This town of Inca origin was a powerful military, religious and agricultural center that served as the frontier between Cusco City and the rainforest; a territory hardly accessed by the Incas due to the belligerence of the so-called Antis. From all of the towns in the valley, Ollantaytambo is the only one that preserves its original urban plan: it’s estimated that its construction was ordered by Inca Pachacutec to cover a rebellious town that denied to pay their taxes, so he annexed it to the Empire and colonized it with people from the Collao culture (from the Titicaca Region). In 1539 Manco Inca used the fortress in Ollantaytambo to lead the resistance against the Spanish, defeating Hernando Pizarro before he fled to Vilcabamba.

As legend goes, this is where the drama of Ollantay actually took place took place, theatrical piece that narrates the story of a soldier who fell in love of a noble coya, named Cusi Coyllor. The current town is divided in two by Patacancha River and each block or field is made up by houses that share the same exit towards the main square. The ceremonial sector, dedicated to the gods of water-Unu and Yaku-is composed by shrines that withhold water fountains, such as the one called the Bath of the Ñusta (Baño de la Ñusta), carved from only one piece of granite. Its eleven terraces, located to the west of the main square, were used for agricultural production and to retain soil, thus avoiding the erosion of the surrounding temples. On the highest level of terraces the traveler will find the Temple of the Ten Windows (Templo de las Diez Ventanas) and an aqueduct-the Inca Misana-that has been carved into the mountain. Finally, at the top, the fortress or Royal House of the Sun (Casa Real del Sol) proudly rises over Ollantaytambo. The fortress is composed by twenty-seven terraces of red granite, each measuring up to four meters in height, and walls made from carved stone, which flaunt stunning finishes. Getting to know Ollantaytambo is a fascinating experience that we highly recommend.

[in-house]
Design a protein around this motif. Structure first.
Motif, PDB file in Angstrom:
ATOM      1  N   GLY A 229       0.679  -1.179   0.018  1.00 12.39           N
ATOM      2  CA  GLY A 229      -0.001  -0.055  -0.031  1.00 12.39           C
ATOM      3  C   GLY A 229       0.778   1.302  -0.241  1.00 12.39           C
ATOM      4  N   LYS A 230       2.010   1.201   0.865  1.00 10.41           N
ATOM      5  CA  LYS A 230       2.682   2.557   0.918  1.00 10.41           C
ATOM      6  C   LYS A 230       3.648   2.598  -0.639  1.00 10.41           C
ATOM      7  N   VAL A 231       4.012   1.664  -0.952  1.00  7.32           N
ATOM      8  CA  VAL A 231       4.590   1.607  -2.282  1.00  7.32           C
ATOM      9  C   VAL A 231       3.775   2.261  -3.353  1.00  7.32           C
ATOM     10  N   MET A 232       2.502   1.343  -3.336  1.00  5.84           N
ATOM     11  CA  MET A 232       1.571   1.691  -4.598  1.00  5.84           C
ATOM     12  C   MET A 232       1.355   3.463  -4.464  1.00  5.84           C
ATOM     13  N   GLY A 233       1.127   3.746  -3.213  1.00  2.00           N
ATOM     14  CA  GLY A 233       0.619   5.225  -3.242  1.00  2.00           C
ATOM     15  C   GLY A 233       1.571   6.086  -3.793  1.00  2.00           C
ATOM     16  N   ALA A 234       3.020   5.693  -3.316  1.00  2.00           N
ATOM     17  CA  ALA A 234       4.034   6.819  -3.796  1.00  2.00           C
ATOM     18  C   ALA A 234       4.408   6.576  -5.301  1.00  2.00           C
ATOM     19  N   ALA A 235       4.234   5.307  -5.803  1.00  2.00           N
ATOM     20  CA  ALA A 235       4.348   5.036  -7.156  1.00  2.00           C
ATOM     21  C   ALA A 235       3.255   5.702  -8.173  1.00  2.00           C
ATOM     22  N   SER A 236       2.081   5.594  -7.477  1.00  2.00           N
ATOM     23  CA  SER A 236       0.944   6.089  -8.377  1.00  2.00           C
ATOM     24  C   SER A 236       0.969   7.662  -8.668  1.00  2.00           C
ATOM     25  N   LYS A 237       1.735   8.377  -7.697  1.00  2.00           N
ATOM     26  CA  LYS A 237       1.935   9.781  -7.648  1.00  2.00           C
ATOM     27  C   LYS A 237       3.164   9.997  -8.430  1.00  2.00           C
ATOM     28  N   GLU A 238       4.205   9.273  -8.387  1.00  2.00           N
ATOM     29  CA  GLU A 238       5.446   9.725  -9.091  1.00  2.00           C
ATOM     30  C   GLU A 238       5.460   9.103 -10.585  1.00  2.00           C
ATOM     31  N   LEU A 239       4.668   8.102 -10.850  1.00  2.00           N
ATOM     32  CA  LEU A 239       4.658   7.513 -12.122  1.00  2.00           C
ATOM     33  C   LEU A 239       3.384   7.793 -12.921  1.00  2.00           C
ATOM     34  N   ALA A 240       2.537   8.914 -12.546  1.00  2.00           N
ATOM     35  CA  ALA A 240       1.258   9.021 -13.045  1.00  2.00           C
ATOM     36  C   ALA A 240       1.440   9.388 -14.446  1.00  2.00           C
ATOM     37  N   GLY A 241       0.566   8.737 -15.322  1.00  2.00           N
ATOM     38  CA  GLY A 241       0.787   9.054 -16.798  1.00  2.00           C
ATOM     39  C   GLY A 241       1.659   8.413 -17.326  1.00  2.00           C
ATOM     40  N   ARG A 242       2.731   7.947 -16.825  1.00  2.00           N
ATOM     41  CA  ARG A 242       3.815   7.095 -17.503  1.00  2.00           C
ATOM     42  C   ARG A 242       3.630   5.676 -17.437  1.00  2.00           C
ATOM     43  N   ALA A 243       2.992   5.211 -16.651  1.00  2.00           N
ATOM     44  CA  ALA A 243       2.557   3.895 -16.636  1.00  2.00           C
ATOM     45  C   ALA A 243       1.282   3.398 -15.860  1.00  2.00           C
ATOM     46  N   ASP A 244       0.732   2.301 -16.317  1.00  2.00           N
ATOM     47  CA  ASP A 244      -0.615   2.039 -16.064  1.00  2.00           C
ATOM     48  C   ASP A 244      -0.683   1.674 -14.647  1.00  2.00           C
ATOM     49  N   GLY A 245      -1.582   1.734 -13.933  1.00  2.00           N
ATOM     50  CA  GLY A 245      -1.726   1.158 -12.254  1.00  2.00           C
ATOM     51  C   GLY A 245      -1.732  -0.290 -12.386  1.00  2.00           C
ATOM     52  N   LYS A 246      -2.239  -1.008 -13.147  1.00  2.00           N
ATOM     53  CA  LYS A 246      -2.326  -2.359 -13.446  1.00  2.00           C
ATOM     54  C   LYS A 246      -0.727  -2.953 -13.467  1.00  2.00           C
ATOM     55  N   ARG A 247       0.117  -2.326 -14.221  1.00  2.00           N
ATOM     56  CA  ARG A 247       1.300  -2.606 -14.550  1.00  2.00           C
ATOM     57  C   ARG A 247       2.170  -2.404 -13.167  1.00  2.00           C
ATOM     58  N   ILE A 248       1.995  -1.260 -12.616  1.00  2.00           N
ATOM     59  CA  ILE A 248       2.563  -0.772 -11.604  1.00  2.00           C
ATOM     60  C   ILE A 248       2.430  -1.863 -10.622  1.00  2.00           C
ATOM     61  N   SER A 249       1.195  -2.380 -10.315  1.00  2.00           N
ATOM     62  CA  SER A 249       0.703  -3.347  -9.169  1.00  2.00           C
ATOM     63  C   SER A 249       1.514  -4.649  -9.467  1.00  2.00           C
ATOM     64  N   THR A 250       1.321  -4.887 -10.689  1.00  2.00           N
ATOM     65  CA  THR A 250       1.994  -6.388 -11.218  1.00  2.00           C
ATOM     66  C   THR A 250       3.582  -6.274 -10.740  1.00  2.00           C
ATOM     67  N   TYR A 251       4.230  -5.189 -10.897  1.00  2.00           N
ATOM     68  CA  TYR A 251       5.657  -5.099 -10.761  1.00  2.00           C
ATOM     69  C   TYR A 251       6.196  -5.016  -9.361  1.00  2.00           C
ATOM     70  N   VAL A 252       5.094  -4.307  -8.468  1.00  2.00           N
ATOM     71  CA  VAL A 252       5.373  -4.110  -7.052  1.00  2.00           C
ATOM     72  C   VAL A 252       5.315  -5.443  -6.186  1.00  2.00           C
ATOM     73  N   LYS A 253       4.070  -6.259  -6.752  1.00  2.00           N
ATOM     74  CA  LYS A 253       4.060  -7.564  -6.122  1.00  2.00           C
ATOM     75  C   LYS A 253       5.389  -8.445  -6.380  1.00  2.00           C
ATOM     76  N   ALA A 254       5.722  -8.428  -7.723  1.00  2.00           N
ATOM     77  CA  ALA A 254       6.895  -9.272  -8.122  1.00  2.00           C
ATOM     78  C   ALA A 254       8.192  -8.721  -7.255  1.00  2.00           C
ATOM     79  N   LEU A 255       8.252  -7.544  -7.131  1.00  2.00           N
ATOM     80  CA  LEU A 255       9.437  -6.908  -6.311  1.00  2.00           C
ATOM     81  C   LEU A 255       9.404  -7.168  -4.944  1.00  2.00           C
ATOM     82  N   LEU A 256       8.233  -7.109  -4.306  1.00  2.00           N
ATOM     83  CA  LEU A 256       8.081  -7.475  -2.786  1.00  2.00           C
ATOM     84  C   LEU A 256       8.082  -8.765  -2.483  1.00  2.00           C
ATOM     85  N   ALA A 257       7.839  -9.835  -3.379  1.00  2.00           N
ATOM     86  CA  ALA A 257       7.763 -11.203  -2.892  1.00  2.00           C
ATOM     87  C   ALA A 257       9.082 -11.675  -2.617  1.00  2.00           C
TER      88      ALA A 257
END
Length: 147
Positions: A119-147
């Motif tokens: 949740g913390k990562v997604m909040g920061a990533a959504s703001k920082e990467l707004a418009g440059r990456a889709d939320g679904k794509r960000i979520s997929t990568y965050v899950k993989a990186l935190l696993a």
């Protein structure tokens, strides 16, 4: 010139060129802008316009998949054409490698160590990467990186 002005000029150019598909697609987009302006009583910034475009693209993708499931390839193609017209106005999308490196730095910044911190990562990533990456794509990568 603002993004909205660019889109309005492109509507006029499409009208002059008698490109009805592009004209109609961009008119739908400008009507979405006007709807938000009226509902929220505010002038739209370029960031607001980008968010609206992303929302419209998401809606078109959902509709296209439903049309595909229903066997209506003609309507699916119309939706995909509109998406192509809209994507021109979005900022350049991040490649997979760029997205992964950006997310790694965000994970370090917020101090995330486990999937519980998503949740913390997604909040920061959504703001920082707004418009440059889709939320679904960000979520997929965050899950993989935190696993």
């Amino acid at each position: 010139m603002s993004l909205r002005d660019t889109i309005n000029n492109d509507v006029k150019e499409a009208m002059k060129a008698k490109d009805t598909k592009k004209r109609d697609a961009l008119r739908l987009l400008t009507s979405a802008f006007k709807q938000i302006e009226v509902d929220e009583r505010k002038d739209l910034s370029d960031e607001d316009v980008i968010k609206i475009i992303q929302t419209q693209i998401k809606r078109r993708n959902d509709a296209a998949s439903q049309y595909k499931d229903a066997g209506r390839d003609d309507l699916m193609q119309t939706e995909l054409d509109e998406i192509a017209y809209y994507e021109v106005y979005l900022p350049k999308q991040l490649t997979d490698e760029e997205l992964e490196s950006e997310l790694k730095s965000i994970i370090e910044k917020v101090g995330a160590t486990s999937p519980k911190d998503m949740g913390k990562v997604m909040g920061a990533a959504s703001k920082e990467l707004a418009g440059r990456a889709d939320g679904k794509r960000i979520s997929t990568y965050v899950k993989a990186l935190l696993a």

Chinchero is strategically located in the crossroad that connects Cusco with the Sacred Valley, and it’s a mandatory stop on the route towards Machu Picchu. The social organization of the Tahuantinsuyo is still kept alive in Chinchero as it existed five hundred years ago, where practices such as the trueque (trade) or the minka (communal work) form part of daily life. In the times of the Incas, Chinchero was the capital’s pantry and in 1480, Inca Tupac Yupanqui ordered the construction of a resting place in this location, building shrines, temples, agricultural terraces and baths to satisfy his court. The town’s church was erected on top of Tupac Yupanqui’s palace. Its construction was finished in 1607 and it shelters Baroque altarpieces and profuse mural paintings where the scene of a puma devouring a serpent stands out. In the center of the town, next to an old bell tower, you’ll locate Urquillos, the hacienda or farmhouse of Mateo Pumacahua: the most important caudillo of the XVII century and leader of an important rebellion against colonial power.